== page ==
Case Appealed to U.S. Supreme Court Shows How If We Lose One Right, We Can Lose Them All

Matt Powers
Matt Powers · April 1, 2015

Key Facts

  • This case started with government abusing its power of eminent domain.
  • 10 years ago, the U.S. Supreme Court issued its infamous Kelo ruling eviscerating constitutional protections against eminent domain abuse.
  • Company hung a protest banner; the government demanded they cover it up.

Arlington, Va.—Ten years ago, in its infamous Kelo decision, the U.S. Supreme Court adopted a radically broad interpretation of the government’s power to take private property through eminent domain. But the Court recognized that the “necessity and wisdom of using eminent domain” are “matters of legitimate public debate.” Central Radio Company attempted to participate in that debate when the government tried to take its property through eminent domain. The city of Norfolk, Va., however, prevented it from doing so, barring the company from hanging a protest banner on the land in dispute. Now Central Radio is taking its fight to the U.S. Supreme Court, asking the Court to review a major case at the intersection of free speech and property rights.

“This case demonstrates just how intertwined our constitutional rights are—how protecting free speech is essential to protecting our other fundamental liberties, including property rights,” noted Michael Bindas, a senior attorney with the Institute for Justice, which represents Central Radio.

Central Radio has been a Norfolk institution for more than 80 years, but in 2010 the Norfolk Redevelopment and Housing Authority moved to take its land and building through eminent domain and turn it over to nearby Old Dominion University (a land grab Central Radio would ultimately defeat). In response to the threat, Central Radio hung a 375-square foot protest banner on the very building the government was trying to take. It read: “50 years on this street/78 years in Norfolk/100 workers/Threatened by eminent domain!”

Acting on a complaint made by an official at Old Dominion—the very entity that stood to acquire Central Radio’s property—the city quickly cited Central Radio and ordered the banner be taken down. Yet, under Norfolk’s sign code, the banner would have been allowed if it had fallen into one of the various favored categories of signs that Norfolk exempts from regulation. For example, a banner of the same size, in the same location, would have been perfectly permissible if, rather than protesting city policy, it depicted the city flag or crest.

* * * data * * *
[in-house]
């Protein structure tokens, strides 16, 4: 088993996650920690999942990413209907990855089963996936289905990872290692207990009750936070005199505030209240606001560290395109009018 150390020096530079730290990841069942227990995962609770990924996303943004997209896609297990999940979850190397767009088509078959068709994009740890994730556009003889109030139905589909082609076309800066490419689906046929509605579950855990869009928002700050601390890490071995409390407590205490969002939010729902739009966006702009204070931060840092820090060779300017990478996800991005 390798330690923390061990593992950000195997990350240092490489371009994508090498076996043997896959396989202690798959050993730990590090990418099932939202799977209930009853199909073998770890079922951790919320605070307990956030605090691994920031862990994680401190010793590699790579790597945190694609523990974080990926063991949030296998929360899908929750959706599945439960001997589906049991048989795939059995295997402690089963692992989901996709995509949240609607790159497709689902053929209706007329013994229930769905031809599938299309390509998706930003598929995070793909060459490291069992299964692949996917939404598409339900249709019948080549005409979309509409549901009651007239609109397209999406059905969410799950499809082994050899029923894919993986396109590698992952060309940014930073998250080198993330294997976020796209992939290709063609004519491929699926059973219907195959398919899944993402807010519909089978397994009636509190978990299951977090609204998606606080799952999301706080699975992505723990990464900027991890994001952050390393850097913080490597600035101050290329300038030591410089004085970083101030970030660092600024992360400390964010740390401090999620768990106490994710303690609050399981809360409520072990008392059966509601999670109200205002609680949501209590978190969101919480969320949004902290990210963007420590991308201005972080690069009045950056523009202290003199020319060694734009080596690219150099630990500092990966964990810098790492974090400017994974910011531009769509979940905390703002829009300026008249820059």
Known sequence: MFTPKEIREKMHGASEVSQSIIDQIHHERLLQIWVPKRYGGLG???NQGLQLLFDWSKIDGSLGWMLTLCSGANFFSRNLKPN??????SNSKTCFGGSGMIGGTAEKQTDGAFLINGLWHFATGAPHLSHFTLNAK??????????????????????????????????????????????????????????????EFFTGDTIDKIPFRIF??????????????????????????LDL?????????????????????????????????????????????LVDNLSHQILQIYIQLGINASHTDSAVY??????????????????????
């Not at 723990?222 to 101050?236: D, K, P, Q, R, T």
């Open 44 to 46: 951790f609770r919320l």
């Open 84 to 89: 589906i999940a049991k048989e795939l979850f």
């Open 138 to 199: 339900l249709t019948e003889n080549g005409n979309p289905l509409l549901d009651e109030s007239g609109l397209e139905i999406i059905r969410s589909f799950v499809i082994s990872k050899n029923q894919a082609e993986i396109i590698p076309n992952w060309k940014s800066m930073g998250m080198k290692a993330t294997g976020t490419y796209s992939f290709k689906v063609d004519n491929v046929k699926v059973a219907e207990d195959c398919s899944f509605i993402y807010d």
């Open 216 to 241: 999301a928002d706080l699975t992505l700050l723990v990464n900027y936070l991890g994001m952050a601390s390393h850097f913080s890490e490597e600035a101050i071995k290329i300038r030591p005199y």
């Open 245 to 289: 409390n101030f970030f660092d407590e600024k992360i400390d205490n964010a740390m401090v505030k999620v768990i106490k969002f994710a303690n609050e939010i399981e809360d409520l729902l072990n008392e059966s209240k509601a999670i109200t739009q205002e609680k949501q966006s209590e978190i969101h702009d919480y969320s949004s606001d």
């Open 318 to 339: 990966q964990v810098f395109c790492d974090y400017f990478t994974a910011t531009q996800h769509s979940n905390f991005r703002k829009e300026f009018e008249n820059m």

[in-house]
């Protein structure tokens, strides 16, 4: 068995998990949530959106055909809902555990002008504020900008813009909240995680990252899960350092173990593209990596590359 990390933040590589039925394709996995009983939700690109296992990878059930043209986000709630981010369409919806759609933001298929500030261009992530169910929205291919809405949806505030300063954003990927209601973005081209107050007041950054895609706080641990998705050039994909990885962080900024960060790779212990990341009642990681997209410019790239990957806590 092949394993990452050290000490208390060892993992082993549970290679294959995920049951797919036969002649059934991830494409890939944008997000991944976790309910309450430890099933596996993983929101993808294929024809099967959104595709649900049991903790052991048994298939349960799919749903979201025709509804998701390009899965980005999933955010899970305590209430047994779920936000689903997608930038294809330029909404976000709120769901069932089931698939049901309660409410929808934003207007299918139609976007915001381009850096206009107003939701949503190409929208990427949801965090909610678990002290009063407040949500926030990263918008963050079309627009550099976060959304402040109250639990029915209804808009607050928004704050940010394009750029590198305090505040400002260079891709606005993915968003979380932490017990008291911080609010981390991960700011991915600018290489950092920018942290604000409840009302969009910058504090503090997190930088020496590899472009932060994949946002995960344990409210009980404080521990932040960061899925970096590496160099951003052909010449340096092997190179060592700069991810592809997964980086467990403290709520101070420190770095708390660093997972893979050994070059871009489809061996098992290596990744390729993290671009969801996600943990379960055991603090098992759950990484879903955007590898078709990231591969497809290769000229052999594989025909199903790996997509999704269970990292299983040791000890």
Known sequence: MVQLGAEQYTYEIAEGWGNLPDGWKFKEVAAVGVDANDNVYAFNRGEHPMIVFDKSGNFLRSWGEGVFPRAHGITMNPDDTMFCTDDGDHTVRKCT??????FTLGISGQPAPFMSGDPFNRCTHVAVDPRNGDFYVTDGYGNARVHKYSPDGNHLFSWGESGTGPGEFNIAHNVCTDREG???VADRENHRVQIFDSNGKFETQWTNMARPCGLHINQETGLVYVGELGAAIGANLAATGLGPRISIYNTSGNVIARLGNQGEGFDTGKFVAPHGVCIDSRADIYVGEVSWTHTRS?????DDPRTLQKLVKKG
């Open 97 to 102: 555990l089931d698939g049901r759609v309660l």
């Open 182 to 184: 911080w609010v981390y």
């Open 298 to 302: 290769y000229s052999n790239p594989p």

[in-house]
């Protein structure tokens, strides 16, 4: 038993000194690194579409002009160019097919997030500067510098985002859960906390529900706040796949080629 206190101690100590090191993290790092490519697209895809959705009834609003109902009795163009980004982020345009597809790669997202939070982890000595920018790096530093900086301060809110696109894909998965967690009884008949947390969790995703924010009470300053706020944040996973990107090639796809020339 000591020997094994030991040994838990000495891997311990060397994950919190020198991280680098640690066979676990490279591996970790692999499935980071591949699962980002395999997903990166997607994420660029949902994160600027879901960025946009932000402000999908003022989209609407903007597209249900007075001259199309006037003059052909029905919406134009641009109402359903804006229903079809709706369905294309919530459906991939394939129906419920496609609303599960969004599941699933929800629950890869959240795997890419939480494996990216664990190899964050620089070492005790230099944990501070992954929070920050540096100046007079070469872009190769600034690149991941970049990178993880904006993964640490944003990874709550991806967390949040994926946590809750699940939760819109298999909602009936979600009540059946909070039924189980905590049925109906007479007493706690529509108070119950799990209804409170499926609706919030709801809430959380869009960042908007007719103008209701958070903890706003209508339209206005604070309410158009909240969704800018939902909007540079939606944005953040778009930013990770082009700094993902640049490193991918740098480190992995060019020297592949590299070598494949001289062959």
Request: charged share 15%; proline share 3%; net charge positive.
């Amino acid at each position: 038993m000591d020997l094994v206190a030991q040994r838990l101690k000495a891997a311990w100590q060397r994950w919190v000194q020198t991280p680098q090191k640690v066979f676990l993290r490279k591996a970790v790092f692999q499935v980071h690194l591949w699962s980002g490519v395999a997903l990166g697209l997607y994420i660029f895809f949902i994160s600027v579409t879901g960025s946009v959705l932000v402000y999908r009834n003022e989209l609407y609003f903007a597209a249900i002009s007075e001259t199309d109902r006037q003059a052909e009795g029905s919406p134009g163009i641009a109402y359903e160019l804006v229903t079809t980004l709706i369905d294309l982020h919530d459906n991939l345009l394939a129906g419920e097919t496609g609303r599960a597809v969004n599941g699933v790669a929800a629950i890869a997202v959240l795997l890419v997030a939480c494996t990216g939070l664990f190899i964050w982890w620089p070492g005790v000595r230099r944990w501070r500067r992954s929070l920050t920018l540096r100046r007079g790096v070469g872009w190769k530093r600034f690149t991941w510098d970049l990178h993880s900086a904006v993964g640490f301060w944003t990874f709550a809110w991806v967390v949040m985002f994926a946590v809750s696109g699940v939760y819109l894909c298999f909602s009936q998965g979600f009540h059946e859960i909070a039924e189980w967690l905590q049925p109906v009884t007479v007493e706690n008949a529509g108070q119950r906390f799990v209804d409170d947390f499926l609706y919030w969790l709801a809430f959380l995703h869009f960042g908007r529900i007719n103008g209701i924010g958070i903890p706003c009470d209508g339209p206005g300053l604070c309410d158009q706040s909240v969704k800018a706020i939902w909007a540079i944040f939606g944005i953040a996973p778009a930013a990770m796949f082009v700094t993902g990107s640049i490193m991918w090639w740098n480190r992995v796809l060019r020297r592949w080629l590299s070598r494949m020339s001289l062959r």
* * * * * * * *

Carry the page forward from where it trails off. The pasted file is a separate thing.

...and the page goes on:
In the fall of 2013, the Virginia Supreme Court held that the city’s attempted taking of Central Radio’s property was illegal, vindicating the company’s property rights. Unfortunately, however, the federal courts refused to vindicate Central Radio’s free speech rights. When the company challenged the city’s sign code under the First Amendment, the U.S. District Court for the Eastern District of Virginia upheld it. And in January 2015, a divided 2-1 decision of the U.S. 4th Circuit Court of Appeals affirmed the district court.

According to the 4th Circuit majority opinion, it was irrelevant that the sign code drew distinctions between different types of banners based on their content so long as those distinctions were what the court deemed “reasonable.” Moreover, restricting Central Radio’s banner was warranted, according to the majority, because some passersby had “reacted emphatically” to the sign by waving, honking and shouting in support when they saw it. The majority claimed that these expressions of support were evidence that “motorists [we]re distracted by [the] sign while driving.”

“Unfortunately, the 4th Circuit allowed Norfolk to play favorites with the First Amendment by arbitrarily deciding who gets to speak and what they get to say,” explained Bindas. “Worse, it held that Norfolk was justified in restricting Central Radio’s banner precisely because it was effective. The honking, waving and shouting of passing motorists were expressions of support for Central Radio—not evidence of distraction. Government cannot regulate speech based on the supportive reactions of those who see or hear it.”

Judge Roger Gregory issued a powerful dissent from the majority’s opinion. “This case implicates some of the most important values at the heart of our democracy: political speech challenging the government’s seizure of private property—exactly the kind of taking that our Fifth Amendment protects against,” wrote Judge Gregory. “If a citizen cannot speak out against the king taking her land, I fear we abandon a core protection of our Constitution’s First Amendment.”

Yesterday, March 31, 2015, Central Radio filed a petition for certiorari asking the U.S. Supreme Court to review and overturn the 4th Circuit’s decision. It argues that the distinctions drawn by Norfolk’s sign code are impermissibly content-based, and that government cannot suppress speech based on the fact that passersby express their support for its message. The first of those issues may be resolved in Reed v. Town of Gilbert, which is pending before the Court and also involves the question of whether a municipal sign code may constitutionally treat some types of speech better than others.

“We will not rest until the free speech rights of all Americans are firmly secured,” said Chip Mellor, president and general counsel of the Institute for Justice. “Courts must respect and protect the right of citizens to stand up against an abusive government and speak out in defense of their rights.”

For a copy of the Institute for Justice’s cert petition, visit:

Founded in 1991, the Institute for Justice is the national law firm for liberty. To learn more about this case, visit

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[NOTE: To arrange interviews on this subject, journalists may call John Kramer, IJ’s vice president for communications, at (703) 682-9320 ext. 205.]